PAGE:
What “many women” want in a president (according to ABC News)

6 Nov

Many women want to be in a relationship with a man who is clear, strong, kind, knows where he is going, can stand up when confronted and can make a woman feel protected and safe.  They really don’t have a lot of confidence in someone who is passive, unsure and unwilling to fight the good fight when needed.

Looking at the last debate through this prism for women, Romney came across as strong, assertive and clear, while President Obama came across as a bit weak and passive.  From this presentation — even with the issue landscape favoring Obama — women began to move to Romney (http://abcnews.go.com/blogs/politics/2012/10/what-women-want-in-a-president/).

–Matthew Dowd, ABC News contributor and former Bush-Cheney ’04 campaign chief strategist

So if I’m reading this correctly: I vote for the candidate I want to marry?

Wow.

I’m sure when Dowd started writing this article, it made sense to him. But why didn’t he stop to read over it, before hitting “send”?

First of all, what a set-of up a premise: the choice for women is between a man who is kind and another guy who is “unwilling to fight the good fight.” The assumption being that the fight is, of course, good, so if the man doesn’t step up to it, he is, by default, bad.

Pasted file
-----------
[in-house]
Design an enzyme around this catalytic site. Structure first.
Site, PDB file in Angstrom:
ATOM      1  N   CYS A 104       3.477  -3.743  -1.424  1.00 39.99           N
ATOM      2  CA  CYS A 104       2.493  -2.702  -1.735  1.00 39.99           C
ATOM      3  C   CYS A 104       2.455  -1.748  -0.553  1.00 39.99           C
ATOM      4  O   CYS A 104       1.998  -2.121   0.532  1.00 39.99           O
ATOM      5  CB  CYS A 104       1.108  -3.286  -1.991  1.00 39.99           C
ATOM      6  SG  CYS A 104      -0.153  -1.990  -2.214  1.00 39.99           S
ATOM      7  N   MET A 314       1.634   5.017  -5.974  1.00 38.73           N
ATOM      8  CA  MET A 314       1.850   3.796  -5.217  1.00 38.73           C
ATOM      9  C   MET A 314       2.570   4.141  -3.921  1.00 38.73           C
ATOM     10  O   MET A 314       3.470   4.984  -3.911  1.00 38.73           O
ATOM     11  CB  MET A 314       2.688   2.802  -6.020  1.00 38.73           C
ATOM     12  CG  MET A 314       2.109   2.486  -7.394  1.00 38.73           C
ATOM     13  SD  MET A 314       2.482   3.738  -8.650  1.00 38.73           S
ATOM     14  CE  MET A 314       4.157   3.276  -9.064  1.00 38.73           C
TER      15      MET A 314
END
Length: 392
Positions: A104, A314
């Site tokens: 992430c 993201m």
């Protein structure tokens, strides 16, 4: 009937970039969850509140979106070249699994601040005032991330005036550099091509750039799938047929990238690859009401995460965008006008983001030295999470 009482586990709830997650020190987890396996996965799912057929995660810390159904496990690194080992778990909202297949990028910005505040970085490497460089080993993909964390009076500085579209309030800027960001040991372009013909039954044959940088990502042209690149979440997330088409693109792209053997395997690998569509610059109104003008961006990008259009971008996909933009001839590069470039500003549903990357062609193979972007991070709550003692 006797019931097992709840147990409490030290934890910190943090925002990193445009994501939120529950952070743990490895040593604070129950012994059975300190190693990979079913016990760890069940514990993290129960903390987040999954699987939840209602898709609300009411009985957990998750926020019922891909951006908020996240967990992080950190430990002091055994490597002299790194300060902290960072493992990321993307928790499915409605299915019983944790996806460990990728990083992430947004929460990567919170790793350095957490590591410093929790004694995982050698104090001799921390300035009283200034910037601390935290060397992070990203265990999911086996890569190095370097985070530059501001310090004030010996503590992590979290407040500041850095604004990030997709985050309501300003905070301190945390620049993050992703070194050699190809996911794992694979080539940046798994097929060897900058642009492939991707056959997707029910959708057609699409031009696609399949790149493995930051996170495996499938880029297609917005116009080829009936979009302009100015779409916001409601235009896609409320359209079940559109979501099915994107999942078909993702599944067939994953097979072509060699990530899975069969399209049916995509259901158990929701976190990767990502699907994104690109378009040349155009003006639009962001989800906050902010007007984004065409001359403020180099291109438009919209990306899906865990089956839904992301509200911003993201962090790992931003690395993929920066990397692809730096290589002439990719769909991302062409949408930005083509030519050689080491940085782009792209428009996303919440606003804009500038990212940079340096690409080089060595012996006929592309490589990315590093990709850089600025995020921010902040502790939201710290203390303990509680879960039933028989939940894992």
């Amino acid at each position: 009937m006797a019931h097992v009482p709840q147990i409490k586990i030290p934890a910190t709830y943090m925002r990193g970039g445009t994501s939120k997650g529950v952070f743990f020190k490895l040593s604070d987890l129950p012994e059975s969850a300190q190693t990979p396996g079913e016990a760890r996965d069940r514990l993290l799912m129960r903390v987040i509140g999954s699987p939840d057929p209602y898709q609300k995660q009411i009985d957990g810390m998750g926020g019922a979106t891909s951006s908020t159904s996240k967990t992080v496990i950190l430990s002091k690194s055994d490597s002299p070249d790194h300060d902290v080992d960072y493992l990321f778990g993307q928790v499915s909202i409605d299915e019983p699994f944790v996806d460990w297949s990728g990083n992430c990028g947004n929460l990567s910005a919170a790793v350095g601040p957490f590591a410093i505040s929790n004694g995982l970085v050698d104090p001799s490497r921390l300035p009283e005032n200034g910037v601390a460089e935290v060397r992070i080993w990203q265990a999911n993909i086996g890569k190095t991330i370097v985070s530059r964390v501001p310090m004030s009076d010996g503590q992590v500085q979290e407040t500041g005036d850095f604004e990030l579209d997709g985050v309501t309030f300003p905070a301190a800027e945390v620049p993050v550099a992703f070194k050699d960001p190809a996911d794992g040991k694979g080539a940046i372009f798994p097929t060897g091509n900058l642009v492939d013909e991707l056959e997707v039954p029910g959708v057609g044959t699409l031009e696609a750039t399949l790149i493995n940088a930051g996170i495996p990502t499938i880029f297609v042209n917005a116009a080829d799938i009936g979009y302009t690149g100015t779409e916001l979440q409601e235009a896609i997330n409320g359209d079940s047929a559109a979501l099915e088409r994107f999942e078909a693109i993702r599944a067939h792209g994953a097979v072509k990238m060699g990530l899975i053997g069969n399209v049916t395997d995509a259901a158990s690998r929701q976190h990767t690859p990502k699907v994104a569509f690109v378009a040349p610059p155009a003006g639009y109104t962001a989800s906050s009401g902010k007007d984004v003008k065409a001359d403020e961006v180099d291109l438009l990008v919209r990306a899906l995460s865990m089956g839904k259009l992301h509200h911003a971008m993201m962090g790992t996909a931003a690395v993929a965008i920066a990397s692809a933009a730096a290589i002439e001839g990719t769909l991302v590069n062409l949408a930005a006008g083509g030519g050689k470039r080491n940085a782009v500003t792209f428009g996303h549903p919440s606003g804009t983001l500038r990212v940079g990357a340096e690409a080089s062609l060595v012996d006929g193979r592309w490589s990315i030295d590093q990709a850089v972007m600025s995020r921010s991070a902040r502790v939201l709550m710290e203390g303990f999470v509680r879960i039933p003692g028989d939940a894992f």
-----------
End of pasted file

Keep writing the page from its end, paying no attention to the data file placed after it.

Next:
And I suppose lesbians just don’t count as women.

As for “protected and safe,” yes, well, who doesn’t want to feel that way, men included?

And then the leap! Suggesting that women confuse presidential candidates with suitors… Off we go to elect a Husband in Chief when we cast our ballots today (or earlier, if we vote by absentee ballot)!

Now when I rein in my indignation for a moment, I do think there’s something legitimate in Dowd’s fundamental argument about a bias for presidential candidates who project a certain masculine profile (and I anticipate this will be true and trickier for future female candidates). That profile is strong without seeming too aggressive, and capable of keeping the US safe without being a global bully.

But it’s not just women who hold and are susceptible to this bias about what–and who–is presidential. The implication of Dowd’s article is that men are unbiased and clear in their own choice of president, as if it’s just a silly girl-thing to prefer the assertive candidate in a debate.

And Dowd isn’t just putting forth an opinion: he offers his own hopeful prescription for the future when he writes, “When we as men get better at constructing that model [of a blended Alan Alda-John Wayne archetype], we’ll be giving women more of what they want as leaders and as men.”

That’s right: When “we as men” (read: who control politics) “get better at constructing that model” (read: composing an appealing artifice), “we’ll be giving women more of that they want as leaders and as men.”

The answer, to Dowd, is not voter education for women and men about bono fide versus unhelpful biases. The answer is to capitalize on sexism and heterosexism to win.

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